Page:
Article Reference Troff document (with manpage macros)Financial strain and ideal cardiovascular health in middle-aged and older women: Data from the Women's health study
Financial strain is a prevalent form of psychosocial stress in the United States; however, information about the relationship between financial strain and cardiovascular health remains sparse, particularly in older women. The cross-sectional association between financial strain and ideal cardiovascular health were examined in the Women's Health Study follow-up cohort (N = 22,048; mean age = 72± 6.0 years).Six self-reported measures of financial strain were summed together to create a financial strain index and categorized into 4 groups: No financial strain, 1 stressor, 2 stressors, and 3+ stressors. Ideal cardiovascular health was based on the American Heart Association strategic 2020 goals metric, including tobacco use, body mass index, physical activity, diet, blood pressure, total cholesterol and diabetes mellitus. Cardiovascular health was examined as continuous and a categorical outcome (ideal, intermediate, and poor). Statistical analyses adjusted for age, race/ethnicity, education and income. At least one indicator of financial strain was reported by 16% of participants. Number of financial stressors was associated with lower ideal cardiovascular health, and this association persisted after adjustment for potential confounders (1 financial stressor (FS): B = −0.10, 95% Confidence Intervals (CI) = −0.13, −0.07; 2 FS: B = −0.20, 95% CI = −0.26, −0.15; 3+ FS: B = −0.44, 95% CI = −0.50, −0.38). Financial strain was associated with lower ideal cardiovascular health in middle aged and older female health professional women. The results of this study have implications for the potential cardiovascular health benefit of financial protections for older individuals.
Located in Retired Persons / Natalie Slopen, Sc.D. / Natalie Slopen Publications
Article Reference Troff document (with manpage macros)Everyday and major experiences of racial/ethnic discrimination and sleep health in a multiethnic population of U.S. women: Findings from the Sister Study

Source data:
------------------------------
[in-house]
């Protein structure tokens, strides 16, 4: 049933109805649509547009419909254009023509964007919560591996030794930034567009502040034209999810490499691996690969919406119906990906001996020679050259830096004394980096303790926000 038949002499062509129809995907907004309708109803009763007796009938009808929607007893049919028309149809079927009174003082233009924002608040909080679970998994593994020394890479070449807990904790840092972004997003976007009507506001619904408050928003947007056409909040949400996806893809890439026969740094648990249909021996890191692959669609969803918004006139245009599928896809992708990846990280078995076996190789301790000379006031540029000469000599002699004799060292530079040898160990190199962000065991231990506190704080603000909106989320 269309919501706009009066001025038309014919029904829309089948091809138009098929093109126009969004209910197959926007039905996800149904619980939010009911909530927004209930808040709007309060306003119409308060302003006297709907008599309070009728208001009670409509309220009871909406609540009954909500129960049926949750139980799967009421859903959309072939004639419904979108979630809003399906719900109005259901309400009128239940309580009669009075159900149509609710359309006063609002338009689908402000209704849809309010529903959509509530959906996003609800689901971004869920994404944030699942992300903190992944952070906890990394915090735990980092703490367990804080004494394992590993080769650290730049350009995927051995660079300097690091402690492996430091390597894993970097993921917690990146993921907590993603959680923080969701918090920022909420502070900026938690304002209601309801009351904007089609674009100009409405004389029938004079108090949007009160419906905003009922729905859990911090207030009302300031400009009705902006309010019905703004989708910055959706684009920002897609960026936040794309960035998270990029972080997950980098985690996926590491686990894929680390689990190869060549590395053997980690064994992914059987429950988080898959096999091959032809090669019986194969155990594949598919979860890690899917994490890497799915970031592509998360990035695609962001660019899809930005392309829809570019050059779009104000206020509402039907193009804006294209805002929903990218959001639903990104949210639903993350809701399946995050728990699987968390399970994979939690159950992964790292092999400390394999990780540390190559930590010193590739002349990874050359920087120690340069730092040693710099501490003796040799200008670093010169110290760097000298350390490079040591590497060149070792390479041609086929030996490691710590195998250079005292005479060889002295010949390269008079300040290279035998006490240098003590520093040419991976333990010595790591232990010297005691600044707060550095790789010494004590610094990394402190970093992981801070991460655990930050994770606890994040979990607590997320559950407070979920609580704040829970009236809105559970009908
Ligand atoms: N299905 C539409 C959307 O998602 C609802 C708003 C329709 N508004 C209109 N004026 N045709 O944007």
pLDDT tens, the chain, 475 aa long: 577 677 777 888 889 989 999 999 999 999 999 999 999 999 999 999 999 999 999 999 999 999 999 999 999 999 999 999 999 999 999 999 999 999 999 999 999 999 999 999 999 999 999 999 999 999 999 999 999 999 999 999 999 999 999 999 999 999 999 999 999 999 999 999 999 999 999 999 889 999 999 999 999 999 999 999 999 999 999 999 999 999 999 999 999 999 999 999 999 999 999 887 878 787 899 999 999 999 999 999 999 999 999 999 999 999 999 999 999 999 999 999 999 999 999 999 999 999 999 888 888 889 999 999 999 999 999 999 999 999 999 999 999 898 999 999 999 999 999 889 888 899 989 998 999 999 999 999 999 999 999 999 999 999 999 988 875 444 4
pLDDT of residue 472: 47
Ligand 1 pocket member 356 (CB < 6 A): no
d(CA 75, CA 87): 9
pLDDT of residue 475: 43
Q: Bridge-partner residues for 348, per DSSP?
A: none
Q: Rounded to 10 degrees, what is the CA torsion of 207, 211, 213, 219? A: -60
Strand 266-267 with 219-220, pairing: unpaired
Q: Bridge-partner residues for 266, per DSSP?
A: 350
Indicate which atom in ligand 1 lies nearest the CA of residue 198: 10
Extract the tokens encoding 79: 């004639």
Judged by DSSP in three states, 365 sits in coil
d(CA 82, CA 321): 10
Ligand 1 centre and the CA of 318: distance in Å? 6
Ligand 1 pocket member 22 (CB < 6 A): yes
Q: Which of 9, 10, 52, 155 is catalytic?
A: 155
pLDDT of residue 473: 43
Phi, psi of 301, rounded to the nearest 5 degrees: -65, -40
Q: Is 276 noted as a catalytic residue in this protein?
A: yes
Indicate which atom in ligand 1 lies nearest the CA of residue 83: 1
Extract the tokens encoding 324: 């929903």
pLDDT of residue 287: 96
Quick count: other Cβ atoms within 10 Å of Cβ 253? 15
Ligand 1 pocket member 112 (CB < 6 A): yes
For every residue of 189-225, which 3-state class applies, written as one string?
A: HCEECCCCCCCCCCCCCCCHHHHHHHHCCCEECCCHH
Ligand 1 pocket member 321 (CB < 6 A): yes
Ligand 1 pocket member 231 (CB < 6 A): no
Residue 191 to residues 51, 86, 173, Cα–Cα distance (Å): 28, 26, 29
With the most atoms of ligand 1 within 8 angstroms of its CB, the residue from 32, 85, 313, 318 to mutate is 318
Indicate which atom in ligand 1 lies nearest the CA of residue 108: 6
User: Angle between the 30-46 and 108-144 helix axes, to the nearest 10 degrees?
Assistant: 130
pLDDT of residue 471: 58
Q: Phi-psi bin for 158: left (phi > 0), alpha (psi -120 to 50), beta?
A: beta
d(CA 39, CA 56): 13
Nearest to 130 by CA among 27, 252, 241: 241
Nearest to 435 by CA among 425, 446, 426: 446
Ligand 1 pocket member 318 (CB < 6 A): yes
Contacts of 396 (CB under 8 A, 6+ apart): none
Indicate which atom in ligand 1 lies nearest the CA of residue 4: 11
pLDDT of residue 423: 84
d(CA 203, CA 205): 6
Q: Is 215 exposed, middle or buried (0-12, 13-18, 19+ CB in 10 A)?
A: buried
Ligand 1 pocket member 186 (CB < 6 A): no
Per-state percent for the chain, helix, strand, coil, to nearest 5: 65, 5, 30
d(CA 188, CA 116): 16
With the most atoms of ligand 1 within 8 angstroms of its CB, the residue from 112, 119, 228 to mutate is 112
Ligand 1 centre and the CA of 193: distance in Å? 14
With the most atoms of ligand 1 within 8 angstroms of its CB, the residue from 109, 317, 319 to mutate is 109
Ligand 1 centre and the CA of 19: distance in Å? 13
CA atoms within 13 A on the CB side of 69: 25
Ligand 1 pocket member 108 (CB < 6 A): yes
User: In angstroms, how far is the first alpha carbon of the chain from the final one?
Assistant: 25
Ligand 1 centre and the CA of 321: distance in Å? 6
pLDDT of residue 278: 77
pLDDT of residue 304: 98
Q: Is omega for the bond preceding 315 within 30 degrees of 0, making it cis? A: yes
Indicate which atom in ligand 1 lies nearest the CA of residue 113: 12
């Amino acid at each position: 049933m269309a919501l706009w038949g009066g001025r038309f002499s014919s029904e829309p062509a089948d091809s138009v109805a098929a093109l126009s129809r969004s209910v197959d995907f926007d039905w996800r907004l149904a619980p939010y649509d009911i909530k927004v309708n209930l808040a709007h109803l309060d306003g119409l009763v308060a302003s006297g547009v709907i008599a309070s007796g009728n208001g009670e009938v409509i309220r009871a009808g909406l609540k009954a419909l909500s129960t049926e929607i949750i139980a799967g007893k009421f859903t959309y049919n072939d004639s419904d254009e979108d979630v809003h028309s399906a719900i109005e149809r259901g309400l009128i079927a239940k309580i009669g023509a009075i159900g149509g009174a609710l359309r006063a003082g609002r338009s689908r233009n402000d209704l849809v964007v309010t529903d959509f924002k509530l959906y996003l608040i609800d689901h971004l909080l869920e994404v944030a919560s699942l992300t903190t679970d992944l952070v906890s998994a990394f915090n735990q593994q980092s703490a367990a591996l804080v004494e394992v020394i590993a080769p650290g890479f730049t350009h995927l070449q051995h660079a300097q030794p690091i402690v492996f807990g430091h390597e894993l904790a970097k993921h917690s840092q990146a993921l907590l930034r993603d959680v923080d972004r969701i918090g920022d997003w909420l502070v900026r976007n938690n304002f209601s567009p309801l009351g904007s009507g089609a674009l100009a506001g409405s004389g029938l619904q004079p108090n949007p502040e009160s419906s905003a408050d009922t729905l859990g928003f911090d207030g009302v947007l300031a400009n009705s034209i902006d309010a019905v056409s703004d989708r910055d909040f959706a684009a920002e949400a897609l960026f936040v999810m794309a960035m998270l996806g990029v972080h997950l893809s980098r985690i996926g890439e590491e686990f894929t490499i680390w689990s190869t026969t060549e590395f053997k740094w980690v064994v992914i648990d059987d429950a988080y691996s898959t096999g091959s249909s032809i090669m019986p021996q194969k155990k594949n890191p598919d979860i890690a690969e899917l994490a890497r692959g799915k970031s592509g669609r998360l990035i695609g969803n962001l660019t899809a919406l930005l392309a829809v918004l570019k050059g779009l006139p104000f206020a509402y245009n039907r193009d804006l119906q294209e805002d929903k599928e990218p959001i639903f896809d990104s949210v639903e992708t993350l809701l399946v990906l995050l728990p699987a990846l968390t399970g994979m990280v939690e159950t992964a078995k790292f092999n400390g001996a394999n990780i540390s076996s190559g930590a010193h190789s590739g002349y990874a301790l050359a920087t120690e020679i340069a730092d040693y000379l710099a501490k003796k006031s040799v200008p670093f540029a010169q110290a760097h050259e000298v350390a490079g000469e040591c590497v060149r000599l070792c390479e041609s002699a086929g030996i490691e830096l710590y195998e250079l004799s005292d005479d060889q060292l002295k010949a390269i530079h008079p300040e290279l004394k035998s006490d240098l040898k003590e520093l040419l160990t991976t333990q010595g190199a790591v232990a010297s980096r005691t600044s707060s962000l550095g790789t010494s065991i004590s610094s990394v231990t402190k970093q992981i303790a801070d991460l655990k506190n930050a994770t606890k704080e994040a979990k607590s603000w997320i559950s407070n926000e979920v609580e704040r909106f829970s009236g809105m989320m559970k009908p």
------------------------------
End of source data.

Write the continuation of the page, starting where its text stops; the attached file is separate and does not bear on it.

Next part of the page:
Background Perceived racial/ethnic discrimination and poor sleep occur across all races/ethnicities in the U.S., though both are most common among racial/ethnic minorities. Few studies have investigated associations between perceived racial/ethnic discrimination and various sleep dimensions in a multiethnic population. Methods We analyzed cross-sectional associations among 40,038 eligible Sister Study participants (enrollment: 2003-2009) who reported ever/never experiencing specific types of everyday (e.g., treated unfairly at a store or restaurant) or major (e.g., unfairly stopped, threatened, or searched by police) discrimination attributed to their race/ethnicity during a follow-up survey in 2008-2012. Participants also reported short sleep duration (<7 hours), sleep debt (≥2-hour difference between longest and shortest sleep duration), frequent napping (≥3 times/week), and insomnia. Poisson regression with robust variance estimation, adjusted for sociodemographic and health characteristics, estimated prevalence ratios (PRs) and 95% confidence intervals (CIs) for the association between each type of racial/ethnic discrimination and each sleep dimension, overall and by race/ethnicity. Results Mean age was 55 ± 8.9 years, 89% were NH-white, 8% NH-black, and 3% Hispanic/Latina. NH-black participants were the most likely to report everyday (76% vs. 4% [NH-whites] and 36% [Hispanics/Latinas]) and major racial/ethnic discrimination (52% vs. 2% [NH-whites] and 18% [Hispanics/Latinas]). Participants who experienced both types versus neither were more likely to report short sleep duration (PR=1.17 [95% CI: 1.09-1.25]) and insomnia symptoms (PR=1.10 [1.01-1.20]) but not other poor sleep dimensions. Conclusions Racial/ethnic minority women were most likely to experience racial/ethnic discrimination, which was associated with certain poor sleep dimensions among women of all races/ethnicities.
Located in Retired Persons / Natalie Slopen, Sc.D. / Natalie Slopen Publications